They Set Aside Money for Their Commutes. Now They Can’t Get It Back.

Many people working from home or out of a job can’t access the hundreds of dollars deducted from their paychecks for transit expenses. “I’m unhappy because it’s a lot of money,” one woman said.


By Winnie Hu

Any bit of savings helped when Eileen Damore was spending more than $400 a month to travel by train and subway from her Long Island home to her job at a printing company in Manhattan.

So she enrolled in a benefit that allows commuters to deduct up to $270 a month from their paycheck for transit expenses while lowering their taxable income. But when Ms. Damore, a pricing manager, started working from home early last year because of the pandemic, the transit benefit kept being taken out of her paycheck until she remembered to stop it.

Now, she has $662.50 that she cannot use or get back.

“It wasn’t top of mind to stop the deduction,” Ms. Damore said.

The unused benefits have become another headache for many commuters in New York, where more people use public transit than in any other American city and where the pandemic has emptied out subways, trains and buses.

The benefits, which aim to reward commuters for taking transit to work, could now end up costing people money instead.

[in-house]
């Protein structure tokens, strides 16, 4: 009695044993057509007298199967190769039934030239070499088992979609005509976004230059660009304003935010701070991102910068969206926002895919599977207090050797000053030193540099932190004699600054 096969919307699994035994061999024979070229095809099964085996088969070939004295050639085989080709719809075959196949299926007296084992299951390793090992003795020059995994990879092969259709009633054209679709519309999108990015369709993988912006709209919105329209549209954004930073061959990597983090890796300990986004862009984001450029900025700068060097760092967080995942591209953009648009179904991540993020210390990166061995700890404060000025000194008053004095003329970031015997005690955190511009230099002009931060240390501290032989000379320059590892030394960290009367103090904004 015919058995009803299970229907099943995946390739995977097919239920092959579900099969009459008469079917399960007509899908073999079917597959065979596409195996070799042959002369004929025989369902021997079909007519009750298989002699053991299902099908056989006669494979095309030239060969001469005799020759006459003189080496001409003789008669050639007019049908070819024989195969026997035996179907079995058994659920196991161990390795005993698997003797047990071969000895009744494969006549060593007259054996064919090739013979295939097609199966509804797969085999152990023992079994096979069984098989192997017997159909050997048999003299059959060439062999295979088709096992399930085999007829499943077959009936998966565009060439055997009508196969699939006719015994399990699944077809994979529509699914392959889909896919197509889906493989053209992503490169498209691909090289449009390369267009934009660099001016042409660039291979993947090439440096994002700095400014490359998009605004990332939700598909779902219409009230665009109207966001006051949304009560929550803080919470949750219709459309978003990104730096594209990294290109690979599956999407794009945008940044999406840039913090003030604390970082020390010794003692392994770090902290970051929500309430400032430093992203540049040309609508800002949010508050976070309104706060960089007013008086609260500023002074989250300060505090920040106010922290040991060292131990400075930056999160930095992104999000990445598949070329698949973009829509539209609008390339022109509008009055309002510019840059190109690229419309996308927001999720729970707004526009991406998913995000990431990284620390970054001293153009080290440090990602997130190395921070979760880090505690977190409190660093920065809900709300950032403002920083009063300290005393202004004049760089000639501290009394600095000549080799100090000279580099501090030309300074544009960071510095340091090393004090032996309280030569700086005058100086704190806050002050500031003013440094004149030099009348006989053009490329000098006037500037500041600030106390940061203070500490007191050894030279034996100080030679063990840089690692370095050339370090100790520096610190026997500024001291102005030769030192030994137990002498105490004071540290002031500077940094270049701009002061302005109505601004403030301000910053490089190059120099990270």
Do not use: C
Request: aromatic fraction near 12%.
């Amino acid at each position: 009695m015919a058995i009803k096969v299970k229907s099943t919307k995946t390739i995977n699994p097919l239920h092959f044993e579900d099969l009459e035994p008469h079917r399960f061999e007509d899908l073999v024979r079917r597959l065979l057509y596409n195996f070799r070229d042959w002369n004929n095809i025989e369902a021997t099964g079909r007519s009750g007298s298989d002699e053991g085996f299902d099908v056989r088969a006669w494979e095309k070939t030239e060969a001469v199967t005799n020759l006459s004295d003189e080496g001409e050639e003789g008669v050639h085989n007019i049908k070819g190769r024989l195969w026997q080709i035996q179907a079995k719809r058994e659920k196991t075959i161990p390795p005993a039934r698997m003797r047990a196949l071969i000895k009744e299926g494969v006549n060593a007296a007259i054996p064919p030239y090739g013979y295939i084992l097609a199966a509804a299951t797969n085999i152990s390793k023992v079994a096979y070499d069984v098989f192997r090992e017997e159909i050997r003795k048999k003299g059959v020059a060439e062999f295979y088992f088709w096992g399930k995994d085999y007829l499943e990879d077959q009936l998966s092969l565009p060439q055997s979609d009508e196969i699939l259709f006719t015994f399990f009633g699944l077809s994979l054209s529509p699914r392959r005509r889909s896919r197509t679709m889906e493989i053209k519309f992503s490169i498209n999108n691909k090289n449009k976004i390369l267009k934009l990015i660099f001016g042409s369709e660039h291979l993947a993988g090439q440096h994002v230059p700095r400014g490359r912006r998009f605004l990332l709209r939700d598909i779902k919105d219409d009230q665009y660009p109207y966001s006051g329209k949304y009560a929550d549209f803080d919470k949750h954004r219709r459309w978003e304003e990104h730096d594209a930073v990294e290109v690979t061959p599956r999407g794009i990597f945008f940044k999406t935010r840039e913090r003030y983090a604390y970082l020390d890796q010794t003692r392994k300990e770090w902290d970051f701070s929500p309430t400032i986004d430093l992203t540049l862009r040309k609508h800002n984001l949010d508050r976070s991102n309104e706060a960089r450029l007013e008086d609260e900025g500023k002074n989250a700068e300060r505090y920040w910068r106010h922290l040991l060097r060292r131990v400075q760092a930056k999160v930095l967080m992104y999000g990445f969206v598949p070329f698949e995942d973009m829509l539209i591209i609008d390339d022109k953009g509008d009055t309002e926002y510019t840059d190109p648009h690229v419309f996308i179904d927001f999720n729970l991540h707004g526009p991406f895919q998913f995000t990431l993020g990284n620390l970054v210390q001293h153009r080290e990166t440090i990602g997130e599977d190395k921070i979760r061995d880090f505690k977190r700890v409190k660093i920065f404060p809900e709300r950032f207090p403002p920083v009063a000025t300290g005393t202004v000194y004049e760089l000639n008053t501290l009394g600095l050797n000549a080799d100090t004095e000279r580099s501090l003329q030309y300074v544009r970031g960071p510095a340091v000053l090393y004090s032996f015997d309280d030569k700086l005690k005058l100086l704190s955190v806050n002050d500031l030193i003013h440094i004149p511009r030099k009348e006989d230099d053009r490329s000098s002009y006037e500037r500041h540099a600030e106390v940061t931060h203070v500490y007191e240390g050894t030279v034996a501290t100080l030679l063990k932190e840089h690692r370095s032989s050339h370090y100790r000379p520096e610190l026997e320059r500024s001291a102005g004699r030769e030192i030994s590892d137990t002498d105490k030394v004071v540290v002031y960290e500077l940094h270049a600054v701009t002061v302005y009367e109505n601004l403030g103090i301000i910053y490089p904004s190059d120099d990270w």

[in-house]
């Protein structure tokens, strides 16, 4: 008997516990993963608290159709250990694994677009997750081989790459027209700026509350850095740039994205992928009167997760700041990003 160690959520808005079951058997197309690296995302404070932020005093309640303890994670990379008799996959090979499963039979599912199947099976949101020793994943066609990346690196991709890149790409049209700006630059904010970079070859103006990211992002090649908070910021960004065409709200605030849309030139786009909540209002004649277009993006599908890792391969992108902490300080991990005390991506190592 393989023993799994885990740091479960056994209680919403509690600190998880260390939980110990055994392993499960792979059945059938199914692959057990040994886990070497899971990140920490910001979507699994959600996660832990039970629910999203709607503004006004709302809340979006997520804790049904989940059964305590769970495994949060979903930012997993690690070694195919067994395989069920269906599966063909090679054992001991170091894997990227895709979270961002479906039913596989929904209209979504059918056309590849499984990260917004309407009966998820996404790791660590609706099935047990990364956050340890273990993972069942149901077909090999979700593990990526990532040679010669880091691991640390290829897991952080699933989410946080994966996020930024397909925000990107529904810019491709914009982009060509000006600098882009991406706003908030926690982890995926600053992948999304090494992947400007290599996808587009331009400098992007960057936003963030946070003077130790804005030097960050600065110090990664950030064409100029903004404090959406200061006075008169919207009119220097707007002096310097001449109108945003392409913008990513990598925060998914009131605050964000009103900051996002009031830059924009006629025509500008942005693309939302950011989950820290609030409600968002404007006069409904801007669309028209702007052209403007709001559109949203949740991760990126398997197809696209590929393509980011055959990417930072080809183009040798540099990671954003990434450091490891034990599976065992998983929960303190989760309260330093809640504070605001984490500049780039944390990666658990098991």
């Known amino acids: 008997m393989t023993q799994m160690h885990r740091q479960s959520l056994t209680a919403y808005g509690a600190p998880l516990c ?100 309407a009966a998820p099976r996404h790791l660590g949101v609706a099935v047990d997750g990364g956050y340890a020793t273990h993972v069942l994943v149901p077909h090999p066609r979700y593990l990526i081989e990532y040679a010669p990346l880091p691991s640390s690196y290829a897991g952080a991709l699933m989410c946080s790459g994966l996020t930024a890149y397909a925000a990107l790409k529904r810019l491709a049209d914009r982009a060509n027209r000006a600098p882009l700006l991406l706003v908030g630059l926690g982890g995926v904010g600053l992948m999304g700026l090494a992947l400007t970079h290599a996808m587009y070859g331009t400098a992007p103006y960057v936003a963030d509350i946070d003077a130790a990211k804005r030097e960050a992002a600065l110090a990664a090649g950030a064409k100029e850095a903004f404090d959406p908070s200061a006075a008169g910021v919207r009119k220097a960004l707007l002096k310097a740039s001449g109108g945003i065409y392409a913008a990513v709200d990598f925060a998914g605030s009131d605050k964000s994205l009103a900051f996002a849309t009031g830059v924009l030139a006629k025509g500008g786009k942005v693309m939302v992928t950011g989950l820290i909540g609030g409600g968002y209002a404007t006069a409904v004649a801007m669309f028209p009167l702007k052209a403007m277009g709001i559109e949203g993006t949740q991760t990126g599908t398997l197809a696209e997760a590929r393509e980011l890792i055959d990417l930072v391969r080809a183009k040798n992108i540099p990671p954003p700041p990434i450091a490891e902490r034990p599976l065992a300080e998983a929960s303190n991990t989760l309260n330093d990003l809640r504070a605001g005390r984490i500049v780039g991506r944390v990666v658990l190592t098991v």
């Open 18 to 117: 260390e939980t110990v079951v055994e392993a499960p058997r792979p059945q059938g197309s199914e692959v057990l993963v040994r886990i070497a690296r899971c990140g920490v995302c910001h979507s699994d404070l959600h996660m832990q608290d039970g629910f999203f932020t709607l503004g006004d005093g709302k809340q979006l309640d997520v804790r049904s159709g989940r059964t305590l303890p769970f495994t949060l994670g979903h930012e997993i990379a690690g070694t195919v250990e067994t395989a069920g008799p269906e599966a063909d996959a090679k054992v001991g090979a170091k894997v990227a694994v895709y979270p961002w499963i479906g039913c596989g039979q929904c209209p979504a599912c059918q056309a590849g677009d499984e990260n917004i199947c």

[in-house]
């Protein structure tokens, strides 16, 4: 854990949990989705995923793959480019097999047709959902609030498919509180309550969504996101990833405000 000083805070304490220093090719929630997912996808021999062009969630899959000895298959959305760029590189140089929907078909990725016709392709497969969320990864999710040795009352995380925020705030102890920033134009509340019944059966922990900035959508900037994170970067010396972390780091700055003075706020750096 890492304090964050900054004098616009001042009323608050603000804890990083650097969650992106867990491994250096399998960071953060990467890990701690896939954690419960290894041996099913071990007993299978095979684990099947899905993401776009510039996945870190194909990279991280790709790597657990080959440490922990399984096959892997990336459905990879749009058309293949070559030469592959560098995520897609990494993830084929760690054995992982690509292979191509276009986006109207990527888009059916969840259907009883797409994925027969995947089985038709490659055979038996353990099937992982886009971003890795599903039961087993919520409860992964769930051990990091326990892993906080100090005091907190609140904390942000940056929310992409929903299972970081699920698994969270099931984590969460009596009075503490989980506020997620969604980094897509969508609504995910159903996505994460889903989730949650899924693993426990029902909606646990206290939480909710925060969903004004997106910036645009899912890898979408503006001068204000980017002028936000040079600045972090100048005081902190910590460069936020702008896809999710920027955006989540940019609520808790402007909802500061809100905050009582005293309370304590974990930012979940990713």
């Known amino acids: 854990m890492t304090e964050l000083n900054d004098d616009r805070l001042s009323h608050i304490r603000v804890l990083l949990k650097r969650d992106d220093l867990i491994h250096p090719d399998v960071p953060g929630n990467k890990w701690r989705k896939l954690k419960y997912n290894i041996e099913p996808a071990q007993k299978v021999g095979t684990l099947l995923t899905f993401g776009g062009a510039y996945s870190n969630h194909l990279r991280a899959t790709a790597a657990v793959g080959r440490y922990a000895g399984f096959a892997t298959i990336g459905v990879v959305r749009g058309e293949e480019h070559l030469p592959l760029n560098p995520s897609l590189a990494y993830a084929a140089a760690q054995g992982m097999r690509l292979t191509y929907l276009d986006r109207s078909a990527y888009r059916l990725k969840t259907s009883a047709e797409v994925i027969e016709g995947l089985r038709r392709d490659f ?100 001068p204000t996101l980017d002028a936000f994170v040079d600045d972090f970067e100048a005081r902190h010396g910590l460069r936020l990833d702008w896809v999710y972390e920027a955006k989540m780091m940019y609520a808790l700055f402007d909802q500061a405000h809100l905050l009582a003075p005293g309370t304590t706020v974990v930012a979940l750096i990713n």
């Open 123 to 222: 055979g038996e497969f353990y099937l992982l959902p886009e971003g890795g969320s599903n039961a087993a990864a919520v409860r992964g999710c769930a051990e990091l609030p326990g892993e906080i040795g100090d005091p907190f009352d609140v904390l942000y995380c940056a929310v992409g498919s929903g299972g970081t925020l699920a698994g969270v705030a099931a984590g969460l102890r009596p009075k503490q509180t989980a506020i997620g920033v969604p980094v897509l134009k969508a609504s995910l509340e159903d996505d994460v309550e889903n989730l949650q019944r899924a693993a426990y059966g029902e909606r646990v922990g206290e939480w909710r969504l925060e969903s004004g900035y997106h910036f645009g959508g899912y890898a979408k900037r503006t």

Many commuters have hundreds or even thousands of dollars tied up in transit benefits — money they earned and cannot use for other purposes like bills and mortgages. And they risk losing these benefits entirely if they are laid off or change employers, or if they simply do not go back to taking public transit.

Before the pandemic, about one million people commuted daily to New York from surrounding suburbs, according to a 2019 city planning report. Of those commuters, about 61 percent used transit, while 38 percent drove.

“I hear from people when they’re unhappy and this is one of the biggest things they’re unhappy about,” said Gerry Bringmann, the chairman of the Long Island Rail Road Commuter Council, an advocacy group for riders, who has received dozens of complaints about money locked up in transit benefits.

The issue has even fueled a black market for Long Island Rail Road passes, Mr. Bringmann said. Commuters are using transit benefits to buy passes and then selling them at a discount to recoup some of their money.

A bipartisan congressional group representing Long Island and Queens, including Representatives Kathleen M. Rice and Thomas R. Suozzi, have urged the Treasury Department and the Internal Revenue Service to consider options to help people who have accumulated unused commuting benefits during the pandemic.

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